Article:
On 22/01/2019 20:41, David Benjamin wrote:
> On Tue, Jan 22, 2019 at 1:48 PM Viktor Dukhovni <openssl-us...@dukhovni.org
> <mailto:openssl-us...@dukhovni.org>> wrote:
> 
> 
> 
>     > On Jan 22, 2019, at 2:06 PM, Adam Langley <a...@imperialviolet.org
>     <mailto:a...@imperialviolet.org>> wrote:
>     >
>     > (This is another installment of our experiences with deploying the
>     > RFC-final TLS 1.3—previous messages: [1][2]. We share these with the
>     > community to hopefully avoid other people hitting the same issues.)
>     >
>     > [...]
>     >
>     > However, OpenSSL 1.1.1a signals SSL_CB_HANDSHAKE_START when TLS 1.3
>     > post-handshake messages are received[5], including KeyUpdate. This
>     > causes KeyUpdate messages to break with, at least, HAProxy, and with
>     > NGINX prior to this commit[6]. (There may well be more, but that level
>     > of breakage was enough to drown any other signal.)
>     >
>     > Lastly, OpenSSL 1.1.1a imposes a hard limit of 32 KeyUpdate messages
>     > per connection[7]. Therefore clients that send periodic KeyUpdates
>     > based on elapsed time or transmitted bytes will eventually hit that
>     > limit, which is fatal to the connection.
>     >
>     > Therefore KeyUpdate messages are not currently viable on the web, at
>     > least when client initiated.
>     >
>     > [1] 
> https://mailarchive.ietf.org/arch/msg/tls/PLtOD4kROZFfNtPKzSoMyIUOzuE
>     > [2] 
> https://mailarchive.ietf.org/arch/msg/tls/pixg5cBXHuwd3MtMIn_xIhWmGGQ
>     > [3] https://bugs.openjdk.java.net/browse/JDK-8211806
>     > [4] https://bugs.openjdk.java.net/browse/JDK-8213202
>     > [5] https://github.com/openssl/openssl/issues/8069
>     > [6]
>     
> https://trac.nginx.org/nginx/changeset/e3ba4026c02d2c1810fd6f2cecf499fc39dde5ee/nginx/src/event/ngx_event_openssl.c
>     > [7] https://github.com/openssl/openssl/issues/8068
>     > [8] https://twitter.com/__subodh/status/1085642001595265024
> 
>     I think we should remediate the reported issues in the 1.1.1b release.
>     We should probably clear the keyUpdate count when sufficient application
>     data has been received from the peer.  Where sufficient could be as little
>     as 1 byte, or could be something more reasonable (say 1MB, allowing for
>     up to 32 rekeys per MB, which is plenty).
> 
>     As for applications mishandling "SSL_CB_HANDSHAKE_START", not quite sure
>     what to do there, but perhaps we could define a new even for keyUpdates
>     that does not mislead applications into assuming a new "handshake".
> 
> 
> I think this is clearly the right option. This is a compatibility break, IMO.
> 
> Prior to SSL_OP_NO_RENEGOTIATION (new in the same release that added 1.3), 
> this
> was the only way to disable renegotiations. I've seen a lot of codebases do
> this. I don't think one could even call it a mishandling. The natural
> interpretation of "SSL_CB_HANDSHAKE_START" is that a handshake has started.
> Thus, if you wish to block renegotiations, absent a more direct API, it's
> natural to count those and fail if you see more than one.
> 
> A KeyUpdate is not a handshake.

That's depends on your perspective. One peer sends a message, and the other peer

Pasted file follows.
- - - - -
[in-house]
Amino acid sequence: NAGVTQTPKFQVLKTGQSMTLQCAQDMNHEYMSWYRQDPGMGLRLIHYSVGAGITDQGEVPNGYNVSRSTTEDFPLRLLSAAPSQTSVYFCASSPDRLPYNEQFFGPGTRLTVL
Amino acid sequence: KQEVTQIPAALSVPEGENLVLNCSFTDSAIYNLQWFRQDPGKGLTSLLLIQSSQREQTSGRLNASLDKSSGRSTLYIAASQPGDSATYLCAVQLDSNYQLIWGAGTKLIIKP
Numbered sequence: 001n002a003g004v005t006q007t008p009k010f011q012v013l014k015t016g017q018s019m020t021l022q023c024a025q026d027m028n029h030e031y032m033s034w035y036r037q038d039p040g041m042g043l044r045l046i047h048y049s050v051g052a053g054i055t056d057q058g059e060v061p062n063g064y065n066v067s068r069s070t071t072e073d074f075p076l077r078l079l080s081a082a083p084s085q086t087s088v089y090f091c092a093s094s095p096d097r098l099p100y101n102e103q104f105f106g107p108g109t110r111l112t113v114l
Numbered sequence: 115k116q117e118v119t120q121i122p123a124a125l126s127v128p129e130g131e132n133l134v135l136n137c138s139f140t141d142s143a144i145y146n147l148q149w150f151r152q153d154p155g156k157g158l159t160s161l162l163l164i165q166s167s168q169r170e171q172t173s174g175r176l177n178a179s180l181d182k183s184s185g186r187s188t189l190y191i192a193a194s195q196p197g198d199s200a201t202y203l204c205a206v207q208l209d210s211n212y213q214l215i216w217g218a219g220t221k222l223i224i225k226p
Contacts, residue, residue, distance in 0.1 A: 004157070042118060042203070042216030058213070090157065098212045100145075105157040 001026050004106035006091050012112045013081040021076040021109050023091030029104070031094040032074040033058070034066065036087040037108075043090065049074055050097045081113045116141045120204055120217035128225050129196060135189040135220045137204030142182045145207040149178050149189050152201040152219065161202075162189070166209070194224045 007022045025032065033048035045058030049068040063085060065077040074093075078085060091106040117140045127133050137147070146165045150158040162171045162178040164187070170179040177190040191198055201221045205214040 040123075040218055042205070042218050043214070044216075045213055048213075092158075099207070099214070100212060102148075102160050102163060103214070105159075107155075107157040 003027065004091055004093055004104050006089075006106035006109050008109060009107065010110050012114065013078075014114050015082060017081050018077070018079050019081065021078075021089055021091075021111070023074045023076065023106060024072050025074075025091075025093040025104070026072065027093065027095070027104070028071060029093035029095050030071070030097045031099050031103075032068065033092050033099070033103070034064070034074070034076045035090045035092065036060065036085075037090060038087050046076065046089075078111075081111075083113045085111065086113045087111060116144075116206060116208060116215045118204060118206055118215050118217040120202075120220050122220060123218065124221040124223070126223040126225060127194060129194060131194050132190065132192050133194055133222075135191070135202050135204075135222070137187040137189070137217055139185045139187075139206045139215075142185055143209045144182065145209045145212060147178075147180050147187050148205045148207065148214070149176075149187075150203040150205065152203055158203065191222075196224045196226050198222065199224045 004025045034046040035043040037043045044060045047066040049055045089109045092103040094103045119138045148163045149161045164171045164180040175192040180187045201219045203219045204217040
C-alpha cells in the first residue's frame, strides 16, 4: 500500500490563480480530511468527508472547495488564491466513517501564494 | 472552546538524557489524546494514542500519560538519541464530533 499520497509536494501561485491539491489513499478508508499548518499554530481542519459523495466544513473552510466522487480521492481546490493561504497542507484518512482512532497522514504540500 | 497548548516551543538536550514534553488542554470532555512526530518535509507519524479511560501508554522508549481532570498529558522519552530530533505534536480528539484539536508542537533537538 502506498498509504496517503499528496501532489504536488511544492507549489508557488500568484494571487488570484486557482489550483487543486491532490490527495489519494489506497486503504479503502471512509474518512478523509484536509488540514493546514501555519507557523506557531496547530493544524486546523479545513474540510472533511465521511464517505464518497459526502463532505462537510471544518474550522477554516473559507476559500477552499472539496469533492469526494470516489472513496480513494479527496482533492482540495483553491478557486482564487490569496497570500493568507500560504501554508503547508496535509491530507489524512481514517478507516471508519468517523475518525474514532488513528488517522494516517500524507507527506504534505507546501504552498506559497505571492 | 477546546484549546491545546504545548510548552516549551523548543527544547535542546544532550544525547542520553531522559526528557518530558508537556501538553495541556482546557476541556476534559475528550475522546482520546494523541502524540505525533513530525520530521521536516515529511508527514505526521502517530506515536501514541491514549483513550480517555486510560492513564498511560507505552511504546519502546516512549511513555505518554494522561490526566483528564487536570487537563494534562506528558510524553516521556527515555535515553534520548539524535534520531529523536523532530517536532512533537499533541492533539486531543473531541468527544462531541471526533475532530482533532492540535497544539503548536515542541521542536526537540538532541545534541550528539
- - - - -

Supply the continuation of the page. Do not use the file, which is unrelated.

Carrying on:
(may) respond with a message. Sounds like a handshake to me. KeyUpdate gets sent
in handshake records, with a HandshakeType value of 24 and is defined in section
4 of the RFC ("Handshake Protocol").

To me it makes perfect sense to signal it this way. In fact it was a deliberate
decision to do so and is documented accordingly:

 =item SSL_CB_HANDSHAKE_START

 Callback has been called because a new handshake is started. In TLSv1.3 this is
 also used for the start of post-handshake message exchanges such as for the
 exchange of session tickets, or for key updates. It also occurs when resuming a
 handshake following a pause to handle early data.

 =item SSL_CB_HANDSHAKE_DONE           0x20

 Callback has been called because a handshake is finished. In TLSv1.3 this is
 also used at the end of an exchange of post-handshake messages such as for
 session tickets or key updates. It also occurs if the handshake is paused to
 allow the exchange of early data.

Ironically it was done this way with a view to *avoiding* a compatibility break.
The thinking was that applications written with TLSv1.2 in mind may find it
surprising to start receiving events after the initial connection setup that are
not enclosed in HANDSHAKE_START/HANDSHAKE_DONE. The info callback is intended as
a tracing API IMO. It's only the fact that it has been used in ways other than
we might have expected that we have this problem. In fact if your application is
using the API to detect renegs because it wants to report when key updates are
happening (rather than blocking them)....well that application will continue to
work and will stop working if we change the events.

Given this is documented that way, some applications may already be using it -
so changing the events now should be done with caution. That itself could cause
a break. We know that this is causing some problems now because of the way that
some applications are (mis)using this API. What we don't know is what new
problems would surface if we changed its semantics in a letter release.

Really the root of this problem is not in the info callback at all. It is the
fact that in earlier 1.1.0 releases we did not have an effective way of blocking
renegs. We now have SSL_OP_NO_RENEGOTIATION which is the "right" way to do this.
I'd also note that this was backported to the 1.1.0 branch in 1.1.0h (March
2018) and so has been available to all 1.1.x users for some while.

Matt



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